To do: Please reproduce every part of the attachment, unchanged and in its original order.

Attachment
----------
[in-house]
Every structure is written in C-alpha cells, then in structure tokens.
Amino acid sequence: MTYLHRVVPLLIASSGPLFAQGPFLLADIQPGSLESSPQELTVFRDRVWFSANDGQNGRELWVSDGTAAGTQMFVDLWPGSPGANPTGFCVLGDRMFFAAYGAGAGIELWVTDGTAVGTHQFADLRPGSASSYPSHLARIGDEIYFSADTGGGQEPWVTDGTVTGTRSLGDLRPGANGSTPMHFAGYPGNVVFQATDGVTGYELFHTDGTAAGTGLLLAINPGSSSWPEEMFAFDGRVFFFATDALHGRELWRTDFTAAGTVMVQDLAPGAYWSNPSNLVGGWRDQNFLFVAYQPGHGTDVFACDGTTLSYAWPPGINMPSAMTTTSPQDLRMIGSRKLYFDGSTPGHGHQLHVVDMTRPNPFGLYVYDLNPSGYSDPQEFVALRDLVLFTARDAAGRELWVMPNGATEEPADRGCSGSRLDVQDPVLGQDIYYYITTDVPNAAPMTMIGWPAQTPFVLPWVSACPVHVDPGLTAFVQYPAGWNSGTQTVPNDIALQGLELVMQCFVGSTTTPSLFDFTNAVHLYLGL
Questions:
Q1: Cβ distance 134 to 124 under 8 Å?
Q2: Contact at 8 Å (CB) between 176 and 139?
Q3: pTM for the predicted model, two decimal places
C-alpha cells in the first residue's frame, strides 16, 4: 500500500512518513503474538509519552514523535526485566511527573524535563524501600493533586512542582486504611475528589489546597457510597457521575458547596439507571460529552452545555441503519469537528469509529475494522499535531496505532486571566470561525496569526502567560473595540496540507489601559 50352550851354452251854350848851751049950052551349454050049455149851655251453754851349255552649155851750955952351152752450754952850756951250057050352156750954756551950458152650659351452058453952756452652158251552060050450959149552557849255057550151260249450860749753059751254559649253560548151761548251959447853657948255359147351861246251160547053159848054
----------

[in-house]
Every structure is written in C-alpha cells, then in structure tokens.
Amino acid sequence: MTYLHRVVPLLIASSGPLFAQGPFLLADIQPGSLESSPQELTVFRDRVWFSANDGQNGRELWVSDGTAAGTQMFVDLWPGSPGANPTGFCVLGDRMFFAAYGAGAGIELWVTDGTAVGTHQFADLRPGSASSYPSHLARIGDEIYFSADTGGGQEPWVTDGTVTGTRSLGDLRPGANGSTPMHFAGYPGNVVFQATDGVTGYELFHTDGTAAGTGLLLAINPGSSSWPEEMFAFDGRVFFFATDALHGRELWRTDFTAAGTVMVQDLAPGAYWSNPSNLVGGWRDQNFLFVAYQPGHGTDVFACDGTTLSYAWPPGINMPSAMTTTSPQDLRMIGSRKLYFDGSTPGHGHQLHVVDMTRPNPFGLYVYDLNPSGYSDPQEFVALRDLVLFTARDAAGRELWVMPNGATEEPADRGCSGSRLDVQDPVLGQDIYYYITTDVPNAAPMTMIGWPAQTPFVLPWVSACPVHVDPGLTAFVQYPAGWNSGTQTVPNDIALQGLELVMQCFVGSTTTPSLFDFTNAVHLYLGL
Questions:
Q1: Cβ distance 134 to 124 under 8 Å?
Q2: Contact at 8 Å (CB) between 176 and 139?
Q3: pTM for the predicted model, two decimal places
C-alpha cells in the first residue's frame, strides 16, 4: 500500500512518513503474538509519552514523535526485566511527573524535563524501600493533586512542582486504611475528589489546597457510597457521575458547596439507571460529552452545555441503519469537528469509529475494522499535531496505532486571566470561525496569526502567560473595540496540507489601559 50352550851354452251854350848851751049950052551349454050049455149851655251453754851349255552649155851750955952351152752450754952850756951250057050352156750954756551950458152650659351452058453952756452652158251552060050450959149552557849255057550151260249450860749753059751254559649253560548151761548251959447853657948255359147351861246251160547053159848054